Laidback comfort food and a lively atmosphere at this local gem.
It’s hard to imagine Kloof Street without the Black Sheep. The casual eatery with an ever-changing chalkboard menu has been a fixture for locals ever since it opened in 2013. Owned by Jorge Silva, Jonathan Japha and their wives, sisters Nina and Sherry, it’s a family business that revolves around a shared love of great food.
Having worked in Michelin-star restaurants and modern gastropubs in the UK and Ireland for 10 years, before taking up the position as head chef at Fork in Long Street, Johnny decided it was time for the four friends to start their own venture, inspired by the honest, unpretentious food of the pubs he’d worked in abroad.
A constantly changing menu
They prefer not to use catchphrases like “farm to table” or “nose to tail”, letting you make up your own mind about what they stand for, but Jonny and Sherry naturally cook by those good food principles. Their fish is delivered fresh from Abalobi, they buy in a whole sheep or pig and work through all the cuts – perhaps pork belly one day, chops another, finishing up with hearty pork curry. As a result the menu is decided according to mood, weather and available ingredients, and chalked up freshly each day (they don’t print menus). Lunch is different to dinner, and when a dish is finished it’s crossed off the board.
Hearty dishes with global flavours
Kingklip fillet on lentils spiced with garam masala is typical of the creative flavours on the lunch menu. Fish and chips turned out to be delicious kingklip belly in a light beer batter (no frozen hake here). A globetrotting selection of curries was on offer when we visited: Burmese pork curry, South Indian coconut fish curry, and a lentil and coconut curry with chard, sweet potato and grilled halloumi that is a perennial vegetarian favourite. Burgers feature on the lunch menu, but not for dinner. For starters, don’t miss the asparagus wrapped in crisp filo pastry with Parmesan, or the spanakopita, densely savoury with burnt black olive butter.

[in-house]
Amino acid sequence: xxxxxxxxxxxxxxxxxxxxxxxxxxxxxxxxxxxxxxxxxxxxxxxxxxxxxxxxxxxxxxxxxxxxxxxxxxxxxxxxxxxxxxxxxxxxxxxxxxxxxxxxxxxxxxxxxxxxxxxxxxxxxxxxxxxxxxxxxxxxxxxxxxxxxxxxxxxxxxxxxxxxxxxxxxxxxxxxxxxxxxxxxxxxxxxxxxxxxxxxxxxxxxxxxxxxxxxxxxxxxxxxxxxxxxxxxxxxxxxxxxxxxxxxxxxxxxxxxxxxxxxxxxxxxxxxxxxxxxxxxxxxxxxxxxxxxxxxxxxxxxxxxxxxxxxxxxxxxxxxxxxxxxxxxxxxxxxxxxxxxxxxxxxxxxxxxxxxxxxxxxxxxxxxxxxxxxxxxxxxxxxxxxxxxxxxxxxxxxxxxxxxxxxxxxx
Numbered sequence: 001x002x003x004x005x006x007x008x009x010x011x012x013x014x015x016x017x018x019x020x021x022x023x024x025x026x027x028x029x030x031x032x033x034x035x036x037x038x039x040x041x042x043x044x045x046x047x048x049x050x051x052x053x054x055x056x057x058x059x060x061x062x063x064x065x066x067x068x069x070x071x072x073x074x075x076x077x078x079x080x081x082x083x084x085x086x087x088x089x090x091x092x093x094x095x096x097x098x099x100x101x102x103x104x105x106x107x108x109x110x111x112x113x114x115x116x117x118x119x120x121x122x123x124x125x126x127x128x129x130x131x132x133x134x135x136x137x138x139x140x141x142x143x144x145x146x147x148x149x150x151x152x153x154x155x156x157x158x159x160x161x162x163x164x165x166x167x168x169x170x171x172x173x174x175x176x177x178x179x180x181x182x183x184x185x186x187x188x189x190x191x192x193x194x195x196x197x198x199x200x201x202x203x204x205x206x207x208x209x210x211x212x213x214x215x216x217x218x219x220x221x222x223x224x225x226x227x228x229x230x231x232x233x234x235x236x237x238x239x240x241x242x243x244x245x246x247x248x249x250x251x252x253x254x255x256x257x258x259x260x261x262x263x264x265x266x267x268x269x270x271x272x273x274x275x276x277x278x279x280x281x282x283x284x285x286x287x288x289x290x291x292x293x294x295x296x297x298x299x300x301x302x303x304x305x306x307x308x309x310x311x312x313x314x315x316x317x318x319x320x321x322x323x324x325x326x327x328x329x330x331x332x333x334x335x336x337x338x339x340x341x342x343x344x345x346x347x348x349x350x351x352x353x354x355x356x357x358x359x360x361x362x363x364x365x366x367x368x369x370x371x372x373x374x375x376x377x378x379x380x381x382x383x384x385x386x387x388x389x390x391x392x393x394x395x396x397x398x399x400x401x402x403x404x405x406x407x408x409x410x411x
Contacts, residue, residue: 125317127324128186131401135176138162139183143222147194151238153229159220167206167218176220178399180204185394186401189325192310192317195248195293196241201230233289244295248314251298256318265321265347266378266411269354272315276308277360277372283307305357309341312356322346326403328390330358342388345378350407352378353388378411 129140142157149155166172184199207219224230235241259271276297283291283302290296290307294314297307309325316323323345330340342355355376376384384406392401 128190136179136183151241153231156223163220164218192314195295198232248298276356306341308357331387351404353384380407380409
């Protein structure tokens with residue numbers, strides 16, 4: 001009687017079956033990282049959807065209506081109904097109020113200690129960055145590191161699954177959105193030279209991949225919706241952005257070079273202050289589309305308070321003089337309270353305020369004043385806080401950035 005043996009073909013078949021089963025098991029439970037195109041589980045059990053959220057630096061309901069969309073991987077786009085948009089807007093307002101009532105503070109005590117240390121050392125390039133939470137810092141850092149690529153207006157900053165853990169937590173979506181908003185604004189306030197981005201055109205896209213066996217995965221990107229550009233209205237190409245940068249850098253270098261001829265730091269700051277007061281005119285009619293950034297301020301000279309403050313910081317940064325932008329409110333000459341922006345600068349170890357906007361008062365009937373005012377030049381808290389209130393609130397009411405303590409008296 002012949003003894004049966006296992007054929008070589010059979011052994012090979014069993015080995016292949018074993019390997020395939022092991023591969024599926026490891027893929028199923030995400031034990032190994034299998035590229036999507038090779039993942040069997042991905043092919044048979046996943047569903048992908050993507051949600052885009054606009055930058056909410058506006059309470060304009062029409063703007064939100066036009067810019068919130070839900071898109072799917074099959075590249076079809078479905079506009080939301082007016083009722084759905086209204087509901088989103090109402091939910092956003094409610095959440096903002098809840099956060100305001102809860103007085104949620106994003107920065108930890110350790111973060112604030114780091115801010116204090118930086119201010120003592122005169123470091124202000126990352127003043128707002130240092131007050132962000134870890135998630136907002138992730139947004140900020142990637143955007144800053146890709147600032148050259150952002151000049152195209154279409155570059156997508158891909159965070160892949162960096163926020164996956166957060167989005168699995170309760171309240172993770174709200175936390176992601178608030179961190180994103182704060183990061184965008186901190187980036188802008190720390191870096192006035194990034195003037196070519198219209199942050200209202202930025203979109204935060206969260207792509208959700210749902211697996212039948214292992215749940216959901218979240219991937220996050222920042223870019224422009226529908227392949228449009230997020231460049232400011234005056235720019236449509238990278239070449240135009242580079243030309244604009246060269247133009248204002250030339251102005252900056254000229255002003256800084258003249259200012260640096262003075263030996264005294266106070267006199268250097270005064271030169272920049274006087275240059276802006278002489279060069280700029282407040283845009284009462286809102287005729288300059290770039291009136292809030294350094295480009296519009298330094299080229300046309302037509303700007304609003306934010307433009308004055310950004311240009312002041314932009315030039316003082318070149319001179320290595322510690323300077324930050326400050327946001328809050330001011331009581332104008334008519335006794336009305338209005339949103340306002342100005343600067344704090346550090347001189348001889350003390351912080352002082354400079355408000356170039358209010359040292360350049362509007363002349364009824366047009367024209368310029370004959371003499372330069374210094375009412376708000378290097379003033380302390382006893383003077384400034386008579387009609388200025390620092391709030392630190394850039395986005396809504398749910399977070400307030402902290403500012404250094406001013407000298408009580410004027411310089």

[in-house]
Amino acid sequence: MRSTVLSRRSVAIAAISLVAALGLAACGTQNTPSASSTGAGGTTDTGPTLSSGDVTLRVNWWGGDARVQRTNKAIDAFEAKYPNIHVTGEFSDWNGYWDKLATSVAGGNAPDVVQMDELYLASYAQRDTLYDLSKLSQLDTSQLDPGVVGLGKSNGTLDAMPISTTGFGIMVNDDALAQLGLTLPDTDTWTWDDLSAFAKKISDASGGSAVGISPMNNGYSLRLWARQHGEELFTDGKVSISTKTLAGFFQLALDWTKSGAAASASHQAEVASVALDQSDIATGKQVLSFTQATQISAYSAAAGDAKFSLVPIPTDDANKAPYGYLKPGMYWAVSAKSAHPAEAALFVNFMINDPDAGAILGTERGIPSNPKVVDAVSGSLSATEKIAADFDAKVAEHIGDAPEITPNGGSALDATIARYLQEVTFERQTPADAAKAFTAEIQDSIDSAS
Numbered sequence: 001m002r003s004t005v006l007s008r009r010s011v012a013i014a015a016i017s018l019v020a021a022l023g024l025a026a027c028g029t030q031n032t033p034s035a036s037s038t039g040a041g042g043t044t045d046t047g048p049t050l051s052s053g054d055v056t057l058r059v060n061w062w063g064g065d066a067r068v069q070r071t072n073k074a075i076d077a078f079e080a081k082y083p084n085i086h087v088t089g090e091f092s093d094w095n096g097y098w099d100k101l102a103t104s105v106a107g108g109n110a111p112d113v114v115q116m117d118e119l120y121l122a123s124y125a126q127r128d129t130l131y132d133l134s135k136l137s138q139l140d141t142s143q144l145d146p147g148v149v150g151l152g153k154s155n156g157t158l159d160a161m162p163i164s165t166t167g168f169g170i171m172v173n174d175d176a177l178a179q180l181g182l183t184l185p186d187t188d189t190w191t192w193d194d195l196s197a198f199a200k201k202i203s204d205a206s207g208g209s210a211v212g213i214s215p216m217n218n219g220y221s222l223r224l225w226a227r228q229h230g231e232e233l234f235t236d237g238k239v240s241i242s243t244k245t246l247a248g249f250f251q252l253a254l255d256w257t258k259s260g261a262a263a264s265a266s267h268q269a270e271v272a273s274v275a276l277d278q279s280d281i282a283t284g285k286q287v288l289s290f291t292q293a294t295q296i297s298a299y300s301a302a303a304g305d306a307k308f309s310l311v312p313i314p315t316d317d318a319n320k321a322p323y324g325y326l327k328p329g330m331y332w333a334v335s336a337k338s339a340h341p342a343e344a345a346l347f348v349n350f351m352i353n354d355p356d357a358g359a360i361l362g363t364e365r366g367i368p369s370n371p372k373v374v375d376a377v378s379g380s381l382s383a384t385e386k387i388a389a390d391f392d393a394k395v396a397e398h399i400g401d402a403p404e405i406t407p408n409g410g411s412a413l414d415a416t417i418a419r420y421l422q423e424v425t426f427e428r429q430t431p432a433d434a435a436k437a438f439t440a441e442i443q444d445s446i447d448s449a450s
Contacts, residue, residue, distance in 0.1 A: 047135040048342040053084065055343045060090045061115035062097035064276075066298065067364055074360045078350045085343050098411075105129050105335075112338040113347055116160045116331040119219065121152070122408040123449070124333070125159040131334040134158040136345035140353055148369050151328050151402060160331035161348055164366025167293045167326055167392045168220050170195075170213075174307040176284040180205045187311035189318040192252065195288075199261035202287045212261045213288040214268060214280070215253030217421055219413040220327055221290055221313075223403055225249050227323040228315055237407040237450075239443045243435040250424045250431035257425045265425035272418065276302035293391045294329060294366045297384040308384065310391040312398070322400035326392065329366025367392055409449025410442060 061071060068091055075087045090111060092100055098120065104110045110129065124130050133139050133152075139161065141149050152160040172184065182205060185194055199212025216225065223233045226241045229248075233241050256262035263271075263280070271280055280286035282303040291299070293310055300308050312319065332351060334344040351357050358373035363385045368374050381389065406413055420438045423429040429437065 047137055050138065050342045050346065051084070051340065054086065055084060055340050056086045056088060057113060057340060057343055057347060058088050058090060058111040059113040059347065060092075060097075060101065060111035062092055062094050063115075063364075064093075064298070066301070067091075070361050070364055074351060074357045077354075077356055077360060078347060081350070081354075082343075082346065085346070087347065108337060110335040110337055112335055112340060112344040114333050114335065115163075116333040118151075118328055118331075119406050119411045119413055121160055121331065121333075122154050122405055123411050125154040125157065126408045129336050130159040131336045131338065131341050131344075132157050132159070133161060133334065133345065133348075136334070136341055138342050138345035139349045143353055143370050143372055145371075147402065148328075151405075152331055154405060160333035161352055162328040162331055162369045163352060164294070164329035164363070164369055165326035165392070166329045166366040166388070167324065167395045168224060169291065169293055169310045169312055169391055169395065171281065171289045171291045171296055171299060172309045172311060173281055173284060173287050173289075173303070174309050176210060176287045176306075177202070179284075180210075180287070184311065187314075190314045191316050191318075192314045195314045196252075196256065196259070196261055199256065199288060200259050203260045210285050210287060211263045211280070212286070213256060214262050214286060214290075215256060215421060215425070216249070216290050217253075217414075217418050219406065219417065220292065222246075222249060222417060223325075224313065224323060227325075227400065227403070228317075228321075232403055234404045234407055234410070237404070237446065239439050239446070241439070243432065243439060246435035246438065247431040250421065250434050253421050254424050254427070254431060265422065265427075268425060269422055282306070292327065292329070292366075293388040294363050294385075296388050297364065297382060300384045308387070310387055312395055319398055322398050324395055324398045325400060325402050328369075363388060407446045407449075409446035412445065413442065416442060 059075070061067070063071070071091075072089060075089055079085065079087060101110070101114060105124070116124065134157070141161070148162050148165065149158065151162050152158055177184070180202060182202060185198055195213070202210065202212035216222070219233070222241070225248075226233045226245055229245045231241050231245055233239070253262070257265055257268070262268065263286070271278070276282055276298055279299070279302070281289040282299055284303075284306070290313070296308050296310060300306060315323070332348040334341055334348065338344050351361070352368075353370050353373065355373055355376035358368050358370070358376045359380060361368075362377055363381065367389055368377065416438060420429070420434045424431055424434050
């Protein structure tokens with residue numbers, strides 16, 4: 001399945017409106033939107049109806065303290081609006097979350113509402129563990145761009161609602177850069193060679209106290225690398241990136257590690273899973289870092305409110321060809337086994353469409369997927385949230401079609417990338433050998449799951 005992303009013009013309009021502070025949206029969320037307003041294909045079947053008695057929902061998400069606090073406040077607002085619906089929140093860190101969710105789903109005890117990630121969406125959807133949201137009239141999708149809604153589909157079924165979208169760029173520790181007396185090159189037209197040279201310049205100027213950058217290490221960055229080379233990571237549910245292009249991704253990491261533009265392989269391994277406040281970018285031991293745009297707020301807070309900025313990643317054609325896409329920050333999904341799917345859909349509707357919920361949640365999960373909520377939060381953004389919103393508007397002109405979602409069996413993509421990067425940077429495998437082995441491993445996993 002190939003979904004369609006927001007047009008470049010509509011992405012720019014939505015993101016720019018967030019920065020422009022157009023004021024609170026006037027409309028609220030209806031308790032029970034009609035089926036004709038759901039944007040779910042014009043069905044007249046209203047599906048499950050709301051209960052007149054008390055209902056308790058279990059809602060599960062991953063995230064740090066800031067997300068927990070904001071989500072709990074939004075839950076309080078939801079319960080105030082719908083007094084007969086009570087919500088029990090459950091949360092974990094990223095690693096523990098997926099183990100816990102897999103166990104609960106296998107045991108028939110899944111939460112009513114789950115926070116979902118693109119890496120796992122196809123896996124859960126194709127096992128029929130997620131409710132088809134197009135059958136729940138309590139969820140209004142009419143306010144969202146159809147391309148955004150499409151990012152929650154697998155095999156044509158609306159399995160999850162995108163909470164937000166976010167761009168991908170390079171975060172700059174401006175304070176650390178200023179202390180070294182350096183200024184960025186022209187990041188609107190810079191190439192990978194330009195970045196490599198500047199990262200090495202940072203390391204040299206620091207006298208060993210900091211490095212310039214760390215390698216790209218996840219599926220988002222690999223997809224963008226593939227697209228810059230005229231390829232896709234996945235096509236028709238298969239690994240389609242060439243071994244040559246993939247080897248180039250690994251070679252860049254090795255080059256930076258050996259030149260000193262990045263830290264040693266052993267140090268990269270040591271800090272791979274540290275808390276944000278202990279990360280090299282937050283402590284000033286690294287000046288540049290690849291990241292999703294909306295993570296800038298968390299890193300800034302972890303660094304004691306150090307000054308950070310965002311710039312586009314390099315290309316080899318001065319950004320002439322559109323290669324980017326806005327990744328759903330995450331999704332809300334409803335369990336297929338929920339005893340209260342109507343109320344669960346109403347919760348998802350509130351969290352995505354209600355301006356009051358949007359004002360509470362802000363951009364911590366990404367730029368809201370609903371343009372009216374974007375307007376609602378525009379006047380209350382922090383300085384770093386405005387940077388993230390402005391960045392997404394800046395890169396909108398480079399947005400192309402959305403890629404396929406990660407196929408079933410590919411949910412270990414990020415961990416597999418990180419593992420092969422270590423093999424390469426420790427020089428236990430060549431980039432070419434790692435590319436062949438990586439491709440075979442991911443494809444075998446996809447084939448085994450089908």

Desserts are classic and generous – creamy lemon cheesecake with blueberries, an OTT chocolate brownie with ice cream and chocolate sauce, sticky toffee pudding, walnut tart, worth coming hungry for.
At lunch, the windows open wide onto the street with locals and international visitors stopping by for a quick plate or a laidback three-course meal. Dinner service is always busy, the music turns up a notch and it can get noisy. “If someone asks for a quiet, romantic table, I tell them that’s not us,” says Jorge. But if you want great food and a lively atmosphere, The Black Sheep is it.
Over the road
For pre-dinner drinks, or while you wait for a table to free up at the Black Sheep, their sister bar across the road is a delightful hang-out. The Dark Horse has a stunning little roof terrace with views from mountain to harbour and a short chalkboard menu of bar snacks, too. The kitchen team rotates between the two establishments so expect the same excellent quality and freshness here.
Good to know You can book the upstairs section overlooking the bar for groups of up to 30 people with a bespoke set menu.
Times Tuesday – Saturday, 12pm – 10pm
Monday, 5pm – 10pm
Contact 021 426 2661, firstname.lastname@example.org
Where to find it 104 Kloof Street, Cape Town
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